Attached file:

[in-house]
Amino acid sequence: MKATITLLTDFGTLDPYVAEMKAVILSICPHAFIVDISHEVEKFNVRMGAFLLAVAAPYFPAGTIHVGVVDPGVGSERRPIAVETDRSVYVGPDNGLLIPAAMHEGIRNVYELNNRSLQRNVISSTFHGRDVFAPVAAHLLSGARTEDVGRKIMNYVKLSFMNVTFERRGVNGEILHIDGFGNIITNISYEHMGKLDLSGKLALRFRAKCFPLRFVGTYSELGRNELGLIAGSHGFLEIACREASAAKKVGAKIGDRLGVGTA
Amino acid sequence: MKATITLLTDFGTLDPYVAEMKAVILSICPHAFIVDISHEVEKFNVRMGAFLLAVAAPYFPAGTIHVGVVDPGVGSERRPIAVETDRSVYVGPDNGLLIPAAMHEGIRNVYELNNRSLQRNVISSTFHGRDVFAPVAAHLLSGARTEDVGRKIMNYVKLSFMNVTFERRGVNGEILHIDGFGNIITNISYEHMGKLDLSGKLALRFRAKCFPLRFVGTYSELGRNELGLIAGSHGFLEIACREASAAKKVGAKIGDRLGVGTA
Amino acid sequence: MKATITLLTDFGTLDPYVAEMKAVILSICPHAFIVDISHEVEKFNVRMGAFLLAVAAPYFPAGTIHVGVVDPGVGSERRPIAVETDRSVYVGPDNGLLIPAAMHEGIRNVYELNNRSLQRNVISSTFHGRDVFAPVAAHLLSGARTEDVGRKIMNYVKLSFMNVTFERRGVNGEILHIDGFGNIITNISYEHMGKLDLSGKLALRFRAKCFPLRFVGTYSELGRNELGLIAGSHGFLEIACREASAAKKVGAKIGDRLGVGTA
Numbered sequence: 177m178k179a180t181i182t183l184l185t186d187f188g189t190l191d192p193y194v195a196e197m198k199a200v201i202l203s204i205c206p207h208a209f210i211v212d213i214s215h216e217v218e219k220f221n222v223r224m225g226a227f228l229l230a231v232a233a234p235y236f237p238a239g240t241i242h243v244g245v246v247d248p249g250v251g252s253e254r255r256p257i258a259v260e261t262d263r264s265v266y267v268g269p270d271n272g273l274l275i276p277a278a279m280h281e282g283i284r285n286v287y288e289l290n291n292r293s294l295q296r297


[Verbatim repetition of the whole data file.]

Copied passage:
[in-house]
Amino acid sequence: MKATITLLTDFGTLDPYVAEMKAVILSICPHAFIVDISHEVEKFNVRMGAFLLAVAAPYFPAGTIHVGVVDPGVGSERRPIAVETDRSVYVGPDNGLLIPAAMHEGIRNVYELNNRSLQRNVISSTFHGRDVFAPVAAHLLSGARTEDVGRKIMNYVKLSFMNVTFERRGVNGEILHIDGFGNIITNISYEHMGKLDLSGKLALRFRAKCFPLRFVGTYSELGRNELGLIAGSHGFLEIACREASAAKKVGAKIGDRLGVGTA
Amino acid sequence: MKATITLLTDFGTLDPYVAEMKAVILSICPHAFIVDISHEVEKFNVRMGAFLLAVAAPYFPAGTIHVGVVDPGVGSERRPIAVETDRSVYVGPDNGLLIPAAMHEGIRNVYELNNRSLQRNVISSTFHGRDVFAPVAAHLLSGARTEDVGRKIMNYVKLSFMNVTFERRGVNGEILHIDGFGNIITNISYEHMGKLDLSGKLALRFRAKCFPLRFVGTYSELGRNELGLIAGSHGFLEIACREASAAKKVGAKIGDRLGVGTA
Amino acid sequence: MKATITLLTDFGTLDPYVAEMKAVILSICPHAFIVDISHEVEKFNVRMGAFLLAVAAPYFPAGTIHVGVVDPGVGSERRPIAVETDRSVYVGPDNGLLIPAAMHEGIRNVYELNNRSLQRNVISSTFHGRDVFAPVAAHLLSGARTEDVGRKIMNYVKLSFMNVTFERRGVNGEILHIDGFGNIITNISYEHMGKLDLSGKLALRFRAKCFPLRFVGTYSELGRNELGLIAGSHGFLEIACREASAAKKVGAKIGDRLGVGTA
Numbered sequence: 177m178k179a180t181i182t183l184l185t186d187f188g189t190l191d192p193y194v195a196e197m198k199a200v201i202l203s204i205c206p207h208a209f210i211v212d213i214s215h216e217v218e219k220f221n222v223r224m225g226a227f228l229l230a231v232a233a234p235y236f237p238a239g240t241i242h243v244g245v246v247d248p249g250v251g252s253e254r255r256p257i258a259v260e261t262d263r264s265v266y267v268g269p270d271n272g273l274l275i276p277a278a279m280h281e282g283i284r285n286v287y288e289l290n291n292r293s294l295q296r297